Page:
654. Acquired Immuno-Deficiency Syndrome (AIDS) is caused by

    (1) protozoa 
    (2) virus
    (3) fungus 
    (4) bacteria
    654. (2) Human immunodeficiency virus infection / acquired immunodeficiency syndrome (HIV/AIDS) is a disease of the human immune system caused by the human immunodeficiency virus (HIV).

    655. Which of the following processes does not increase the amount of carbon dioxide in air ?

    (1) Breathing
    (2) Photosynthesis
    (3) Burning of petrol
    (4) Aerobic decay of vegetation
    655. (2) Plants reduce the CO2, because they use it with photosynthesis. They use it to give oxygen and
    carbohydrates as the final product. It is for this reason that plantation of trees has been stressed by

    656. The vitamin that is most readily manufactured in our bodies is

    (1) vitamin A 
    (2) vitamin B
    (3) vitamin C 
    (4) vitamin D
    656. (4) Vitamin D is not really a vitamin, but a precursor for the most potent steroid hormone in the human body. It can be obtained from exposure to the sun’s ultraviolet (UV) radiation, especially during the early morning hours.

    657. Which cells in our body have the least regenerative power?

    (1) Brain cells 
    (2) Muscle cells
    (3) Bone cells 
    (4) Liver cells
    657. (1) Brain cells do not regenerate. Once lost, they do not come back. Research from Karolinska Institute in Sweden haves shown that the nerve cells of the brain remain the same throughout a person's life.

    658. A potato tuber has been cut into two halves. A few drops of iodine solution are placed on the cut surface of one of the halves. What colour change will be noticed?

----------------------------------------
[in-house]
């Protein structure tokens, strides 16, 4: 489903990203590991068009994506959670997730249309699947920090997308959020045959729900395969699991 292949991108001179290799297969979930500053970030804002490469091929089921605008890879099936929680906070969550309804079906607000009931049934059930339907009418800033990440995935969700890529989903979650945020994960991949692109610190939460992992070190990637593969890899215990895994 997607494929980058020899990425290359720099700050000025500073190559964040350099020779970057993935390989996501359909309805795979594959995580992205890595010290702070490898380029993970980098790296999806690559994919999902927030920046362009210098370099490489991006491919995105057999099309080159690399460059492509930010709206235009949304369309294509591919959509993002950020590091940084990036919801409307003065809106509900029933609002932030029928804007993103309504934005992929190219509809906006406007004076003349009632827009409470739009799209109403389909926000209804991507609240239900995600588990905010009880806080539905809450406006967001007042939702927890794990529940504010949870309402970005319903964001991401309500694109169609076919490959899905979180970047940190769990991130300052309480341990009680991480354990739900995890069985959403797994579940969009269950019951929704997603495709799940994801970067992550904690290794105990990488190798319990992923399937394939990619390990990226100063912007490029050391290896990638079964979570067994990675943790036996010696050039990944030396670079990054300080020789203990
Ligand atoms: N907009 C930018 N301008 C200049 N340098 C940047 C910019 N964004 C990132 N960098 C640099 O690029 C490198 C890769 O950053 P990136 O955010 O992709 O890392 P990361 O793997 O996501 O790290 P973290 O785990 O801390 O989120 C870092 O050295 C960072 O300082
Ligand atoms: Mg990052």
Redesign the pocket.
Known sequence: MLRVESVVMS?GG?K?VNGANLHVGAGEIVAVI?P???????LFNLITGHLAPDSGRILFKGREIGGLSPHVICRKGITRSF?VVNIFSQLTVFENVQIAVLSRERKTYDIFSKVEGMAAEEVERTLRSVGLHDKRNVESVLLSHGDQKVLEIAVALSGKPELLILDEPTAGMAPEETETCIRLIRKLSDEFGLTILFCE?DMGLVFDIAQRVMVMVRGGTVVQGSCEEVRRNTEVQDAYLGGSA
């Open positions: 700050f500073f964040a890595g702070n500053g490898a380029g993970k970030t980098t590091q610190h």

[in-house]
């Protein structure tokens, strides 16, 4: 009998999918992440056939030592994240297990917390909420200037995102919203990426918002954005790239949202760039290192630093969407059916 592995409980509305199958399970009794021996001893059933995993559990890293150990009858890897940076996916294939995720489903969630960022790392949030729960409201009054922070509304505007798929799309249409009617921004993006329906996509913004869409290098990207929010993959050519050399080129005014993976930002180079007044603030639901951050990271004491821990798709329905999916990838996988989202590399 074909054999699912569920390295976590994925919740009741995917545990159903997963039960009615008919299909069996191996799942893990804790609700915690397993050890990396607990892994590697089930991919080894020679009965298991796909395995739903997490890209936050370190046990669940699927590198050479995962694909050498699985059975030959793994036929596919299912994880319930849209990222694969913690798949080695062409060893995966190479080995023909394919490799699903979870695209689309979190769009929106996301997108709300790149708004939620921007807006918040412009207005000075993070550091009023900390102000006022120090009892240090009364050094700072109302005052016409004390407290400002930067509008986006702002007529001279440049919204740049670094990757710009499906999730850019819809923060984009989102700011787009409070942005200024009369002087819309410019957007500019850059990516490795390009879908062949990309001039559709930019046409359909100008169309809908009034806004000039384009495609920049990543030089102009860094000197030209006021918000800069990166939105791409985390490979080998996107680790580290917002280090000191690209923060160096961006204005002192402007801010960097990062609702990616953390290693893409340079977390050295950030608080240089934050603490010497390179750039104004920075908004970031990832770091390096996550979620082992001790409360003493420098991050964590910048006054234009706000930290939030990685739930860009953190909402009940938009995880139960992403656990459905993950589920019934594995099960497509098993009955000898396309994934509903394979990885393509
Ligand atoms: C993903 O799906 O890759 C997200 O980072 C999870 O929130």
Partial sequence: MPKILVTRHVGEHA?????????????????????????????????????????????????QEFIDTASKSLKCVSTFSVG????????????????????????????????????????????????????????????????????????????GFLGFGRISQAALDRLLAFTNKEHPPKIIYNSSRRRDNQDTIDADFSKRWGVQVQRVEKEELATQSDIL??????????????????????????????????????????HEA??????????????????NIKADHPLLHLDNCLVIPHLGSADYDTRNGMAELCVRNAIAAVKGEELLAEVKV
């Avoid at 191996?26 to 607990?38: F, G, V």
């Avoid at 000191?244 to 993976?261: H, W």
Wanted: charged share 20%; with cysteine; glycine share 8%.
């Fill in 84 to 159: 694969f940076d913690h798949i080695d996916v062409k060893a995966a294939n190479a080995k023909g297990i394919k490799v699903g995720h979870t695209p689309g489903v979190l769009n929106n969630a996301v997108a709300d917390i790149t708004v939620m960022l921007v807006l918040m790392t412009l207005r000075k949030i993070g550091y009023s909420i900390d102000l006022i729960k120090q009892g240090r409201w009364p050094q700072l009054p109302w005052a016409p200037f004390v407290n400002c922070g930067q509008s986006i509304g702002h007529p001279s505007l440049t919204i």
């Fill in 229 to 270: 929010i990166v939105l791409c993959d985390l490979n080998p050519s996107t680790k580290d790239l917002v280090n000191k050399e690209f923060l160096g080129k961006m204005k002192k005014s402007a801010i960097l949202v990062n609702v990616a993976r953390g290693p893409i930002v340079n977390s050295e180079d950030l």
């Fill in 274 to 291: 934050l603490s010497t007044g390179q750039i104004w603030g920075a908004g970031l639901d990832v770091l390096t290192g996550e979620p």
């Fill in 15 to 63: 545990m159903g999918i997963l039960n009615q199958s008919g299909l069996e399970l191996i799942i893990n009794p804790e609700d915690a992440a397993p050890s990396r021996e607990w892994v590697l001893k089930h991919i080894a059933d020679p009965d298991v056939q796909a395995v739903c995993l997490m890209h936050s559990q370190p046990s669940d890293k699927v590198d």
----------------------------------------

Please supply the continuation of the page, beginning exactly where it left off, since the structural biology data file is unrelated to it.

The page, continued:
(1) From brown to blue–black
    (2) From brown to orange–red
    (3) From blue to pink
    (4) From pink to blue–green
    658. (1) Any form of starch (carbohydrate) turns blue-black when iodine solution is applied to it. This is because starch is composed of polymers of glucose. Long linear chains are amylose. Amylopectin is similar but contains a branch point about every 25th glucose or so. Amylose coils into a helical secondary structure resembling a tube with a hollow core. Certain molecules including fatty acids and iodine can lodge inside the core as already mentioned. The complex of iodine stuck inside the amylose coil produces a characteristic blue-black colour.

    659. How many valves does a human heart have?

    (1) Four 
    (2) Three
    (3) Two 
    (4) One
    659. (1) Human heart has four valves: two atrioventricular (AV) valves, which are between the atria and the ventricles, are the mitral valve and the tricuspid valve; and two semilunar (SL) valves, which are in the arteries leaving the heart, are the aortic valve and the pulmonary valve. A heart valve normally allows blood flow in only one direction through the heart.

    660. The cells which are responsible for the production of antibodies are

    (1) red blood cells
    (2) neutrophils
    (3) lymphocytes
    (4) platelets
    660. (3) An antibody (Ab), also known as an immunoglobulin (Ig), is a large Y-shaped protein produced by B-cells that is used by the immune system to identify and neutralize foreign objects such as bacteria and viruses. Each antibody is produced by lymphocytes (specialized white cells) as a result of exposure to specific chemical substances called antigens usually on the outside of an invading organism. This is called the antigen-antibody reaction.